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IT Managers Lack Visibility into Almost Half of Network Traffic

IT managers lack visibility to about 45% of their organization’s network traffic, creating significant security challenges. In fact, nearly a quarter of them are blind to as much as 70% of their network traffic.

Sophos’s global survey, The Dirty Secrets of Network Firewalls, polled more than 2,700 IT decision-makers from midsized businesses in 10 countries, including the US, Canada, Mexico, France, Germany, UK, Australia, Japan, India and South Africa – and found that, unsurprisingly, 84% of respondents agree that a lack of application visibility is a serious security concern.

Without the ability to identify what’s running on their network, IT managers are blind to ransomware, unknown malware, data breaches and other advanced threats, as well as potentially malicious applications and rogue users. Sophos pointed out that network firewalls with signature-based detection are unable to provide adequate visibility into application traffic due to a variety of factors, such as the increasing use of encryption, browser emulation and advanced evasion techniques.

“If you can’t see everything on your network, you can’t ever be confident that your organization is protected from threats. IT professionals have been ‘flying blind’ for too long and cybercriminals take advantage of this,” said Dan Schiappa, senior vice president and general manager of products at Sophos. “With governments worldwide introducing stiffer penalties for data breach and loss, knowing who and what is on your network is becoming increasingly important. This dirty secret can’t be ignored any longer.”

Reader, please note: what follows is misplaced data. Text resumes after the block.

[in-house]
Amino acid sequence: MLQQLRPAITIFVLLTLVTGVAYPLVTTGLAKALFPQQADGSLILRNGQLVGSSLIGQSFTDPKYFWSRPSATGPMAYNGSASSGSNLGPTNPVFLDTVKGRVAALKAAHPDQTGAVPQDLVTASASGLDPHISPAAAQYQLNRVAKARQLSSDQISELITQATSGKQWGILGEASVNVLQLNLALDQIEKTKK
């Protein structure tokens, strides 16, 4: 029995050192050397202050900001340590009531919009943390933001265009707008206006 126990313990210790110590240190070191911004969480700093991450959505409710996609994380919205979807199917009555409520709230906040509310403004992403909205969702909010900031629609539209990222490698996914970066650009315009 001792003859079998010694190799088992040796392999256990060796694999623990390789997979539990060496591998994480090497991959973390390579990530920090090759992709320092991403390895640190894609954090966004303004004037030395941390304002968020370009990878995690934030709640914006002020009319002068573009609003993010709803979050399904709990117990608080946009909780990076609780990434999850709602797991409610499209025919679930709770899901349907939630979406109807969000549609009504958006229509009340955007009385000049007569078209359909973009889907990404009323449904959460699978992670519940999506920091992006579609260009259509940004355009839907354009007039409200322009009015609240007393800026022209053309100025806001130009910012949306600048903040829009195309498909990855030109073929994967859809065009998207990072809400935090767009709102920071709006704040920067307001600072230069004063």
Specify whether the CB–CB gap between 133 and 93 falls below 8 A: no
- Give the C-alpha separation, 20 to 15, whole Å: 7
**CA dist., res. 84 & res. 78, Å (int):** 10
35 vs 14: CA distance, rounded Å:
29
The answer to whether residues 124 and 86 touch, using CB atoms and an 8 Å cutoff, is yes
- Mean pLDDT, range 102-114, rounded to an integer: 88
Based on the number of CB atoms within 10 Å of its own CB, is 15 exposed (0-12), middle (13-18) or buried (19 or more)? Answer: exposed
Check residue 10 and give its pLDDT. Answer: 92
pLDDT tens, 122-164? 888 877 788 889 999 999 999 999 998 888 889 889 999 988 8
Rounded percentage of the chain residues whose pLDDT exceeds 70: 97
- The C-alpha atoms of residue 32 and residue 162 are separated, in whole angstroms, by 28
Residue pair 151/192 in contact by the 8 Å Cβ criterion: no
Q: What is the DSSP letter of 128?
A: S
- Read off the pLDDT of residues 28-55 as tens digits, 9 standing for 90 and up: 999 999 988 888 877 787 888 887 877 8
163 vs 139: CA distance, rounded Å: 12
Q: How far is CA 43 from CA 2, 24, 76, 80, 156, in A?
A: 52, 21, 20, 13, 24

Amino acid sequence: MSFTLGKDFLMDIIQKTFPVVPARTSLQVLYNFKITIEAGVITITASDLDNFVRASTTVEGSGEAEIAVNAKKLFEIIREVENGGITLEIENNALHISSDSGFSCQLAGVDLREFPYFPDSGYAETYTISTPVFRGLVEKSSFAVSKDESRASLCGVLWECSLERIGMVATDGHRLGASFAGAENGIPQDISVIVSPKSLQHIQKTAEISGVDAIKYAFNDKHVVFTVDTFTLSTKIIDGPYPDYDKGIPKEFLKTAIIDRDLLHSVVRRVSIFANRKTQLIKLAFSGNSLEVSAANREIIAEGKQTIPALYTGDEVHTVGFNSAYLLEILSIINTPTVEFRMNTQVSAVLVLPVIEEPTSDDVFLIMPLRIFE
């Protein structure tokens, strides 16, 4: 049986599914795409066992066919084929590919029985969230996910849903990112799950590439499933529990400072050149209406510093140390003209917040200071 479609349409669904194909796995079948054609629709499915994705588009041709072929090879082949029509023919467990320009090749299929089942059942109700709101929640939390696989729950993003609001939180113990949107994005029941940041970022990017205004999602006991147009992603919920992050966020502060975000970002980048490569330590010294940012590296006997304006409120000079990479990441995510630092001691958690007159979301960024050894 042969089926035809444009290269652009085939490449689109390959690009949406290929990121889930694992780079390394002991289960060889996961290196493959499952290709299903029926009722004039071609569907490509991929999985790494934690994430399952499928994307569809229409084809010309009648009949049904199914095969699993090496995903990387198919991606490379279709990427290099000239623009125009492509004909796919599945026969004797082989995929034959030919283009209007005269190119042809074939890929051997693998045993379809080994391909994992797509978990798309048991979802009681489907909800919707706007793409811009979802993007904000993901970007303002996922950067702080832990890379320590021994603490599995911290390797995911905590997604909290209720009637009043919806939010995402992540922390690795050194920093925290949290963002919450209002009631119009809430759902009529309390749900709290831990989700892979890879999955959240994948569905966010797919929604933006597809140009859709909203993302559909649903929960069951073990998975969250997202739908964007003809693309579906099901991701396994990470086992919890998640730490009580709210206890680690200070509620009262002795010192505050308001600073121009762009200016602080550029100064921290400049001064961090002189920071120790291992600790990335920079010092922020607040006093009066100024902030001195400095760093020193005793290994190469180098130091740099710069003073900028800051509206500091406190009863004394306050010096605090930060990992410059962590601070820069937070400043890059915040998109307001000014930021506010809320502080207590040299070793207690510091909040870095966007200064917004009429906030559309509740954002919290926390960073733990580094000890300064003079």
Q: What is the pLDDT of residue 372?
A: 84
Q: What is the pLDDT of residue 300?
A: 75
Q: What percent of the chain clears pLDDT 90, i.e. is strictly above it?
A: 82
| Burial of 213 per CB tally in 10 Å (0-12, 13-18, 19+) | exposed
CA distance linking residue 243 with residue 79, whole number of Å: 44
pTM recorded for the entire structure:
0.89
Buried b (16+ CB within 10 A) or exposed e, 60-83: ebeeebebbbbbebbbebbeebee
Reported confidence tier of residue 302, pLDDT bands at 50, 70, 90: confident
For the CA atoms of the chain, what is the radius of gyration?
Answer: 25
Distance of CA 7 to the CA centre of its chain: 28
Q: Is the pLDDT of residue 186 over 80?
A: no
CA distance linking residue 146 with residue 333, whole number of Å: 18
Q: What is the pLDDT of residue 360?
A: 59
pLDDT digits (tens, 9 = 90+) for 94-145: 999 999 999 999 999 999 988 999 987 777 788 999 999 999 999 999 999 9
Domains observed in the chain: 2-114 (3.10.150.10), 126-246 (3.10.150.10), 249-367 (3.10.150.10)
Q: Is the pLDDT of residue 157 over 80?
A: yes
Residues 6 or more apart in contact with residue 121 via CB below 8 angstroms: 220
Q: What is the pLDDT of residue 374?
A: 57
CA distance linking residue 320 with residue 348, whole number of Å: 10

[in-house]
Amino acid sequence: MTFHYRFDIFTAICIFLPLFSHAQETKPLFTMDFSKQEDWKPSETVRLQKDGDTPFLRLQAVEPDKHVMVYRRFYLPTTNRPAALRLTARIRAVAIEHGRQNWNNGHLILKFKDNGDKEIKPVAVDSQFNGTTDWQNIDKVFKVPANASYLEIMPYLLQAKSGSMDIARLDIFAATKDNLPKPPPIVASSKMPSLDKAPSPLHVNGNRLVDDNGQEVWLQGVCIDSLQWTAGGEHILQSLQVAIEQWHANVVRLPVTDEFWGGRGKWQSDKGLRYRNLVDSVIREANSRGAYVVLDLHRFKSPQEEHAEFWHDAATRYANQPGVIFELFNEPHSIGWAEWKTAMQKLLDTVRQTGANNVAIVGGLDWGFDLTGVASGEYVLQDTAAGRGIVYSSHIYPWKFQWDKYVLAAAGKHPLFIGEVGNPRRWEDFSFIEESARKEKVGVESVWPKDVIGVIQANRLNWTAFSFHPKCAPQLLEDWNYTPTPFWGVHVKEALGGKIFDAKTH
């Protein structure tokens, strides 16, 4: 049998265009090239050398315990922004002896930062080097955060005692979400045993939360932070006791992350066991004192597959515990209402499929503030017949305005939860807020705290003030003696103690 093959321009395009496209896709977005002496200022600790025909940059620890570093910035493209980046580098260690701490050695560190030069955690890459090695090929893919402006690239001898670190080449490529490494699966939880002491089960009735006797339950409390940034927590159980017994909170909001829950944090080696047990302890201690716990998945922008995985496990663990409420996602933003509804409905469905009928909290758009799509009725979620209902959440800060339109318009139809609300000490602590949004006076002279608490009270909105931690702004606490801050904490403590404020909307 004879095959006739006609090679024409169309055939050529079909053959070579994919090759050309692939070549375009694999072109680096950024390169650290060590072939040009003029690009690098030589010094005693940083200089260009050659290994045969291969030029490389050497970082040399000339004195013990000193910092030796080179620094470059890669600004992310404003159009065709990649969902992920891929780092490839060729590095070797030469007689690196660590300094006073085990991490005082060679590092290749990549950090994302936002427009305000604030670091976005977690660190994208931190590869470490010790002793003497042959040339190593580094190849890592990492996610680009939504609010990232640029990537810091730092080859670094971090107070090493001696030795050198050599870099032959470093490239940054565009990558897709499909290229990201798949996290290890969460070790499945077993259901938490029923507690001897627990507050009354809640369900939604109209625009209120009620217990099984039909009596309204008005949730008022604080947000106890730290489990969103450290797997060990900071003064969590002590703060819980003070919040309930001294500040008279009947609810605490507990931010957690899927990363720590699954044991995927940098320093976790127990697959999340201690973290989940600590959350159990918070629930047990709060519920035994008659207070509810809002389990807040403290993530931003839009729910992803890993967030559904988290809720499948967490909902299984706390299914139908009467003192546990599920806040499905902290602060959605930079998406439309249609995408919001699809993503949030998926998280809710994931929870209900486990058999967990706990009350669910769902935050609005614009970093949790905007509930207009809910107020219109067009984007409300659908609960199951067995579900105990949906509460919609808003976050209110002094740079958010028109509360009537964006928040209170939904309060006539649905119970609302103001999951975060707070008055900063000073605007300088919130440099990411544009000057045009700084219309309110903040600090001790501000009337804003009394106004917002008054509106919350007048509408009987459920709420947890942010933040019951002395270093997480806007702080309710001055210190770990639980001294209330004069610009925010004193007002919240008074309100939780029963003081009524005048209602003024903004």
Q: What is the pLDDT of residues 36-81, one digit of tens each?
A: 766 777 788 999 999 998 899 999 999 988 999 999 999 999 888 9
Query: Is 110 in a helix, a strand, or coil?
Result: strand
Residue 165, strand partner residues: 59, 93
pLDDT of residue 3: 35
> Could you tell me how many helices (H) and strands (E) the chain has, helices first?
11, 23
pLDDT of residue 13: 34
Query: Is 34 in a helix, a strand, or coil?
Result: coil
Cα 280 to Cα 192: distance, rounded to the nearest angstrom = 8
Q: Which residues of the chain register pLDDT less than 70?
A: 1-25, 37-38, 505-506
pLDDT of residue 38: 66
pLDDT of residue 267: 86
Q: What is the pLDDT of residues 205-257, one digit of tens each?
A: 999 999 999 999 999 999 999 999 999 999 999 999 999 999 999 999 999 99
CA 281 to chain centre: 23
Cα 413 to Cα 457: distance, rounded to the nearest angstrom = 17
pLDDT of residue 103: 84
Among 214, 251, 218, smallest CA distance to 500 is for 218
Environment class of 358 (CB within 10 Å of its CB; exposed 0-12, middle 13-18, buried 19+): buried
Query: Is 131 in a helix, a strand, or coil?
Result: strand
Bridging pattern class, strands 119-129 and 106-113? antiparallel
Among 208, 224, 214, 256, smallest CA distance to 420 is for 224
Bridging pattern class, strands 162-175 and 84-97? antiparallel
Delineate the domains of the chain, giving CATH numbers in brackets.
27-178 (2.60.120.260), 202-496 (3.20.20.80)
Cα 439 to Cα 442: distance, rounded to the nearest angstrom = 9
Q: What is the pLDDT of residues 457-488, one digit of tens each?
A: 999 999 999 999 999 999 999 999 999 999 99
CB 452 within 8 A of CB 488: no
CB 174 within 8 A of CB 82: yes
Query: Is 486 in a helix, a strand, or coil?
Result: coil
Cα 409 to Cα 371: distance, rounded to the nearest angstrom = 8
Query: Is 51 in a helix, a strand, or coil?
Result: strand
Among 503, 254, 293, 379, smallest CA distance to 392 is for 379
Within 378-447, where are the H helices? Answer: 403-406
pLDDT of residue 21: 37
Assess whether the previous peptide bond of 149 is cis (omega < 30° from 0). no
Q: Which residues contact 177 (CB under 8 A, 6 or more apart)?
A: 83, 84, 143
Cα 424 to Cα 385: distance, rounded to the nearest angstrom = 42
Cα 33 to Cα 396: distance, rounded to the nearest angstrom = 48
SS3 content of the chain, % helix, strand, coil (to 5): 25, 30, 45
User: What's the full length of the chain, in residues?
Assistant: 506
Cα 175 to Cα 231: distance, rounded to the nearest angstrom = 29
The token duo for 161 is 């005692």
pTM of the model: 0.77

On average, organizations spend seven working days remediating 16 infected machines per month. Smaller organizations (100–1,000 users) spend on average five working days remediating 13 machines, while larger organizations (1,001–5,000 users) spend on average 10 working days remediating 20 machines, according to the survey.

“A single network breach often leads to the compromise of multiple computers, so the faster you can stop the infection from spreading, the more you limit the damage and time needed to clean it up,” said Schiappa. “Companies are looking for the kind of next-generation, integrated network and endpoint protection that can stop advanced threats and prevent an isolated incident from turning into a widespread outbreak. Sophisticated exploits such as MimiKatz and EternalBlue reminded everyone that network protection is critical to endpoint security and vice versa. Only direct intelligence sharing between these two can reveal the true nature of who and what is operating on your network.”

IT managers are very aware that firewalls need an upgrade in protection. In fact, the survey revealed that 79% of IT managers polled want better protection from their current firewall. Ninety-nine percent want firewall technology that can automatically isolate infected computers, and 97% want endpoint and firewall protection from the same vendor, which would allow for direct sharing of security status information. 

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